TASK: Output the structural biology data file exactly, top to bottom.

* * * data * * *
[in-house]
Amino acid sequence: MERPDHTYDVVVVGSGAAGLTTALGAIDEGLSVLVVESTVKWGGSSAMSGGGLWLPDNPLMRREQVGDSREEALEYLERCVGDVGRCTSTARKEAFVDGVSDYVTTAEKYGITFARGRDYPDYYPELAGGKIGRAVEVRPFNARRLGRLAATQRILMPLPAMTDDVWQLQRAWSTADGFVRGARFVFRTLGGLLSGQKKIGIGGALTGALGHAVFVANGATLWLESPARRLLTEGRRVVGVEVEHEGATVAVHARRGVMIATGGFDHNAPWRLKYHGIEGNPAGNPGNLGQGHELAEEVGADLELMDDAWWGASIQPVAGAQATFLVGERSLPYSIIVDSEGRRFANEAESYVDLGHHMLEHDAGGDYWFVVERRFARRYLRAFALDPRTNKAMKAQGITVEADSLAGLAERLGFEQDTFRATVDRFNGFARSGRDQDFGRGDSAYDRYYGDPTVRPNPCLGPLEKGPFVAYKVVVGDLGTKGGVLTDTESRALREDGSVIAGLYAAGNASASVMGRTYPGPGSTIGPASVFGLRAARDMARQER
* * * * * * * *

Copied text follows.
[in-house]
Amino acid sequence: MERPDHTYDVVVVGSGAAGLTTALGAIDEGLSVLVVESTVKWGGSSAMSGGGLWLPDNPLMRREQVGDSREEALEYLERCVGDVGRCTSTARKEAFVDGVSDYVTTAEKYGITFARGRDYPDYYPELAGGKIGRAVEVRPFNARRLGRLAATQRILMPLPAMTDDVWQLQRAWSTADGFVRGARFVFRTLGGLLSGQKKIGIGGALTGALGHAVFVANGATLWLESPARRLLTEGRRVVGVEVEHEGATVAVHARRGVMIATGGFDHNAPWRLKYHGIEGNPAGNPGNLGQGHELAEEVGADLELMDDAWWGASIQPVAGAQATFLVGERSLPYSIIVDSEGRRFANEAESYVDLGHHMLEHDAGGDYWFVVERRFARRYLRAFALDPRTNKAMKAQGITVEADSLAGLAERLGFEQDTFRATVDRFNGFARSGRDQDFGRGDSAYDRYYGDPTVRPNPCLGPLEKGPFVAYKVVVGDLGTKGGVLTDTESRALREDGSVIAGLYAAGNASASVMGRTYPGPGSTIGPASVFGLRAARDMARQER